Developing an Appropriate IEP for 2014-2015 School Year




     As the school year ends, parents should review, revise, or revisit their child’s Individualized Education Program (IEP) for 2014-2015 school year. The IEP is the child’s educational roadmap for school year. Parents should be familiar with their child’s instruction, services, and placement for the school year as well as how the school system intends to document their child’s educational progress.

     There are a few preliminary steps to take before the IEP meeting that will be helpful to parents. First, parents should determine appropriate goals and objectives for their child as well as classroom accommodations and related services such as occupational therapy, physical therapy, speech and language therapy and special transportation that will benefit their child’s special education programming. Second, the parents should be familiar with all educational records of your child before the IEP meeting. These records, include but are not limited to, private and school evaluations of any kind or nature, disciplinary reports and referrals, behavior intervention plans, transition plans, if appropriate, and any other record and document that may affect the special educational programming of your child.   Finally, it is important for parents to learn educational jargon that is often used at IEP meetings.  With specialized knowledge of educational jargon, parents will be more effective advocates for their child with disabilities at an IEP meeting.


A.   Present Levels of Performance

The purpose of determining the child’s present level of performance is to determine a baseline which can be compared against past, present, and future school years.  Some school systems indicate a child’s present level of performance in a narrative form and provide some objectives test scores.  The most statistically significant and objective indicator of a child performance on standardized or nationally-normed tests are standard scores.  Grade equivalent and age equivalent scores may provide a general barometer of where the child is functioning but these scores are not reliable to precisely determine a child’s intelligence, ability, or functioning level. The child’s level of performance should also mention, if applicable, the child’s behavior, cognitive abilities, self-help skills, social skills, independent life skills, communicative skills, vocational skills, psychiatric and psychological diagnoses and disorders, if any, and other ecological information that is pertinent to the child’s educational performance.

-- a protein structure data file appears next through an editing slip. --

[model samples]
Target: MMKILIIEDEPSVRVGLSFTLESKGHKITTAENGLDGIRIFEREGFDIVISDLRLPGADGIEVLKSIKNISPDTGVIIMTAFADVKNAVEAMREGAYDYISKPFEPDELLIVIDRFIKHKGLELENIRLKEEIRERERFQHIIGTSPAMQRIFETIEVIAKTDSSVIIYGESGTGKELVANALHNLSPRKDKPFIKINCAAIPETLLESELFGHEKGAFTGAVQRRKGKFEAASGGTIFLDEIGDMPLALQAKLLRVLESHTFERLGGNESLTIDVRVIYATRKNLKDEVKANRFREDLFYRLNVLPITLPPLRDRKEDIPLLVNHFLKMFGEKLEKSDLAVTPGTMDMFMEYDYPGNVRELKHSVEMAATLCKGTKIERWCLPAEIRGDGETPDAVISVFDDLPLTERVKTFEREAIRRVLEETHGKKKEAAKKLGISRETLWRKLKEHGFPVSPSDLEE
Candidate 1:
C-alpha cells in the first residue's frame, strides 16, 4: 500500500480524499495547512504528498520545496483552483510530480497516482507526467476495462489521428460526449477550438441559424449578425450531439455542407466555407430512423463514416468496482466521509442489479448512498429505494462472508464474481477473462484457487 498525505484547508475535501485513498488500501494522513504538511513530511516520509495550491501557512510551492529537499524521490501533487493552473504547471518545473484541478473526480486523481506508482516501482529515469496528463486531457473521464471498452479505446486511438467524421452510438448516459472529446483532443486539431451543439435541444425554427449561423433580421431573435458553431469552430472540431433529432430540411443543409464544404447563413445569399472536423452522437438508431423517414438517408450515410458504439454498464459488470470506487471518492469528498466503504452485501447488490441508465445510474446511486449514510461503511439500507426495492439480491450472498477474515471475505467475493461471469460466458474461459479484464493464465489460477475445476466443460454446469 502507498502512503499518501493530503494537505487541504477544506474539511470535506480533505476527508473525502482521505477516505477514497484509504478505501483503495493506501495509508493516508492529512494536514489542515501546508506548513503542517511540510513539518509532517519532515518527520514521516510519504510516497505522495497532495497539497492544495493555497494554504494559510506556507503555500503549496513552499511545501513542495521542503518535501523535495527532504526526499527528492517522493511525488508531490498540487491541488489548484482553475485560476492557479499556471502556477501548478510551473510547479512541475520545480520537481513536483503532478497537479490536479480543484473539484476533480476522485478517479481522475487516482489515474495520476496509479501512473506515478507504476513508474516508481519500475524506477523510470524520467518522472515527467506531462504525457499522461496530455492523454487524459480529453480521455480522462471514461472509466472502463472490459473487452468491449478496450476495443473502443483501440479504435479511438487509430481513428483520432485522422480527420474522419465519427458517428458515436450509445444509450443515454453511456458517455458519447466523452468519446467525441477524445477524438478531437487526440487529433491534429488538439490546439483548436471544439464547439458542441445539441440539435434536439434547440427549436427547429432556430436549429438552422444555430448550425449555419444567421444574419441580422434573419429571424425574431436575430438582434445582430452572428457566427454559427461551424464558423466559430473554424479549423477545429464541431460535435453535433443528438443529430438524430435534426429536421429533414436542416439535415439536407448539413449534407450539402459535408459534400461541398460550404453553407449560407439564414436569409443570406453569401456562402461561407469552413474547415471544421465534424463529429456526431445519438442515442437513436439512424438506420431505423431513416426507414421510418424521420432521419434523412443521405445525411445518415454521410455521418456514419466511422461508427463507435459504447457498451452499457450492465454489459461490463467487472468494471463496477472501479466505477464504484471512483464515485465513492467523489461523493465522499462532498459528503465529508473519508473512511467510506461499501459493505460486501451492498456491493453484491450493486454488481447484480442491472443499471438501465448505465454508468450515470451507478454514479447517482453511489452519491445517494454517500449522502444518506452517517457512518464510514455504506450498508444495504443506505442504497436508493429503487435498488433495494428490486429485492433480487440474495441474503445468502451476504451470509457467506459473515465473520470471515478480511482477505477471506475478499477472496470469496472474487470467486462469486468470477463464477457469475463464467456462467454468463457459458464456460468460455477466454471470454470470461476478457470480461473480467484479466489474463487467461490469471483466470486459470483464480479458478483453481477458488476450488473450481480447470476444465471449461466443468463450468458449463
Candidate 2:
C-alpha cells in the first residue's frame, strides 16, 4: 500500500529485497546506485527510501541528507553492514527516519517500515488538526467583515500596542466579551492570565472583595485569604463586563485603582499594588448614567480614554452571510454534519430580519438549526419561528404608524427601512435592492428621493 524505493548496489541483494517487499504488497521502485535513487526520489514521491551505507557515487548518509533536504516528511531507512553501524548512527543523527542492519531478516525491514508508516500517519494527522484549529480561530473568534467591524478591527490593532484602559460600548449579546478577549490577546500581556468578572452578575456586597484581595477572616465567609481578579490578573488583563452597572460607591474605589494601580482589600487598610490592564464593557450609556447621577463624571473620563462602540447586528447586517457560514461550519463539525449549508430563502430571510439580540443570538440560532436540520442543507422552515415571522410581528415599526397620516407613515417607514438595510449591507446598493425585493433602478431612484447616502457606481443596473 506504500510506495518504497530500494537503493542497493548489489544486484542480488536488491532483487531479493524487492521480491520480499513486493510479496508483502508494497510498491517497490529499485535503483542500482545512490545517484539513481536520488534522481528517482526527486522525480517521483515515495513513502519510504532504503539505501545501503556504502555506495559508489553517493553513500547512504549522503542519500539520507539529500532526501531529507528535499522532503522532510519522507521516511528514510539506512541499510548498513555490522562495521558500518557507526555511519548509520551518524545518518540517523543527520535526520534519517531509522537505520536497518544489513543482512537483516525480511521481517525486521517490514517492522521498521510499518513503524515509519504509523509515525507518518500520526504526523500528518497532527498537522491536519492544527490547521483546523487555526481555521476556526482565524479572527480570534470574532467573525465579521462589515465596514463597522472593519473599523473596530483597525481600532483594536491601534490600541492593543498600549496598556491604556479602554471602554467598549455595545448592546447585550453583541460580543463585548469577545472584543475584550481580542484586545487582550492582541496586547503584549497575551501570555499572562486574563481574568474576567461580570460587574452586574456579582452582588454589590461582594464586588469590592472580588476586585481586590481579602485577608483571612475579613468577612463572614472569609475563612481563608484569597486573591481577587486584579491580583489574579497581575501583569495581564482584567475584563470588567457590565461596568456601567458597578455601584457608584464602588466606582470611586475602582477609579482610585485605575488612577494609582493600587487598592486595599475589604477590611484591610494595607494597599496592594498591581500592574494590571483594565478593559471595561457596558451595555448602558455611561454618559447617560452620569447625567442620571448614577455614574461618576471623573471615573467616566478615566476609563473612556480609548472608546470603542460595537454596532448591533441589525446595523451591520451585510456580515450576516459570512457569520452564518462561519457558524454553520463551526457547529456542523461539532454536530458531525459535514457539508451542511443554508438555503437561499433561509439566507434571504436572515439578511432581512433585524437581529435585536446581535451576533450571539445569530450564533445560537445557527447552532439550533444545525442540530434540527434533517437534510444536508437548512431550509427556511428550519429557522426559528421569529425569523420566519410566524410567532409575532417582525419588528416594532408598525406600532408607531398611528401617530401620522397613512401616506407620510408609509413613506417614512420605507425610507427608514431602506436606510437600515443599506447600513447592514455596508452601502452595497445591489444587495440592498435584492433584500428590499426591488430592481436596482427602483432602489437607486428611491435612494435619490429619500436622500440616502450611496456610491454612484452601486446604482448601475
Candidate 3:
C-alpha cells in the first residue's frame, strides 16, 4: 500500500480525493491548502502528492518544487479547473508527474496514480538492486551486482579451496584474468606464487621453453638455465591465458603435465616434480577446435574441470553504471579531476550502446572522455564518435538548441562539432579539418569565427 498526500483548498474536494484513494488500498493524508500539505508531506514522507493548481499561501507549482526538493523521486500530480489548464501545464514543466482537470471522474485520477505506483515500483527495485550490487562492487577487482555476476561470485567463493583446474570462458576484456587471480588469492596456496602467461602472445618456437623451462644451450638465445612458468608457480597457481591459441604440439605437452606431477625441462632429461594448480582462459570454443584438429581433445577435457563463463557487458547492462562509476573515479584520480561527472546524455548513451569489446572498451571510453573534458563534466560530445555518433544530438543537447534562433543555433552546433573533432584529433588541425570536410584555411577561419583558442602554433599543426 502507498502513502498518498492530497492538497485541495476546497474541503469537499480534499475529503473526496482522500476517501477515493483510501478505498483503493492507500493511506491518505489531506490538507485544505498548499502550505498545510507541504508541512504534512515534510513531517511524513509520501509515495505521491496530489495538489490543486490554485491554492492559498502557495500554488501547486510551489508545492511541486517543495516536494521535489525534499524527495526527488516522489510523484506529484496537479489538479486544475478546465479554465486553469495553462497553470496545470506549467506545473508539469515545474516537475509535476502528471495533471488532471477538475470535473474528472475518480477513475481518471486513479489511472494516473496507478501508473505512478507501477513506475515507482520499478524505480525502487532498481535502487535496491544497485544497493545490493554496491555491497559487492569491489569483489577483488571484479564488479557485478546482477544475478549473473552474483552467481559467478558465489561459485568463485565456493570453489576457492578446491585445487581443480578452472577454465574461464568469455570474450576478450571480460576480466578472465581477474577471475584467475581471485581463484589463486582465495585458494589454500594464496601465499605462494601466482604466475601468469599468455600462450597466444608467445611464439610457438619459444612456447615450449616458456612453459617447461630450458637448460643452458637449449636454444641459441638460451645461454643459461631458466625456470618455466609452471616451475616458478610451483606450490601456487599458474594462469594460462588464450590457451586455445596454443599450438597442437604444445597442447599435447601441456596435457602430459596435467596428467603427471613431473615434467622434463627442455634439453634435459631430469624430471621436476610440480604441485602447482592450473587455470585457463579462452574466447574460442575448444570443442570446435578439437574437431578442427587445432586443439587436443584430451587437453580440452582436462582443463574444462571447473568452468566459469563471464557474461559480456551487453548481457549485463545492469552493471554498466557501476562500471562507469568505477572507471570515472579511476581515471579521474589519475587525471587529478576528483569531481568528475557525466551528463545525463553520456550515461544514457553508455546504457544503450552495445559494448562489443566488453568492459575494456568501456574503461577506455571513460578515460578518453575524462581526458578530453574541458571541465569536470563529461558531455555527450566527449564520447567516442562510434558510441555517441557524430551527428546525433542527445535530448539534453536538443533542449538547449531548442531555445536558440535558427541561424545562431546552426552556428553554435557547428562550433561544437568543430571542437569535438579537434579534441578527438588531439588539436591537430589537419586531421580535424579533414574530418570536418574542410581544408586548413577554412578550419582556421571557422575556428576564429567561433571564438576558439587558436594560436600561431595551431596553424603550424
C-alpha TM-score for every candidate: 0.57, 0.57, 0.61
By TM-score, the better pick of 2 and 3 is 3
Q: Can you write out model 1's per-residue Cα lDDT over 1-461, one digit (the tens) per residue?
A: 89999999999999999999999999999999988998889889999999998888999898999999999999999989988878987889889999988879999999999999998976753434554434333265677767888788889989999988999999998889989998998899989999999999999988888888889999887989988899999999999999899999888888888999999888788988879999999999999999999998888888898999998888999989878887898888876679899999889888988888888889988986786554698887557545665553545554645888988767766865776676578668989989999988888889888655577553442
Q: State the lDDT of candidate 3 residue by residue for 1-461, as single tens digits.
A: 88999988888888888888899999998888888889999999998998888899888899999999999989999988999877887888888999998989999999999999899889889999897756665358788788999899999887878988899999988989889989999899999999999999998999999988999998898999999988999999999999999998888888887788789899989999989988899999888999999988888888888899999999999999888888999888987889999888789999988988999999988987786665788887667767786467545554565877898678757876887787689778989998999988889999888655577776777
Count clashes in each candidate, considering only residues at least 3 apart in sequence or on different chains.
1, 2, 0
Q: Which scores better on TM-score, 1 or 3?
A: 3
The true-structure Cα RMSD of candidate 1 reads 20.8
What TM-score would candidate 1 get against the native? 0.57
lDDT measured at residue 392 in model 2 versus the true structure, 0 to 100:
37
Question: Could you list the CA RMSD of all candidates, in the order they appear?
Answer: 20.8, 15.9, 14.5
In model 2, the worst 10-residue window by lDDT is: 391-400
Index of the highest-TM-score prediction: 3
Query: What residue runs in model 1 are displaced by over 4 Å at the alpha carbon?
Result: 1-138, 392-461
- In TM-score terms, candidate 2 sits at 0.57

B.   Annual Goals

Annual goals for a child are statements that describe what a child with a disability is expected to achieve within a school year. The goals should be determined from assessing the child’s present level of performance, and from information gathered from evaluations, tests scores, grades, and past performance on IEP goals. Goals must be objective and measurable. Parents should be aware of goals that are canned, boilerplate and generalized such as “Linda will increase reading skills,” or “Carl will improve his behavior.” On the other hand, carefully drafted goals can be useful in improving a child’s educational performance. A positive example of an IEP goal is “Rolando will self-toilet with one verbal prompt.” 

C.   Short Term Objectives

Short-term objectives should be linked with each of the annual goals. The short-term objectives are more specific. There is no established number of short-term objectives for each IEP goal. The number of short-term objectives will vary depending upon the child’s abilities, strengths and weaknesses, and annual goal.

Short-term objectives should be measurable. Short term objectives can be used to measure what the child will accomplish within specific integrals of time.  For example, Jeffrey will complete a sentence correctly 3 out of 4 times by the end of the school year. The percentages or attempts used should be based ability and performance.

D.   Related Services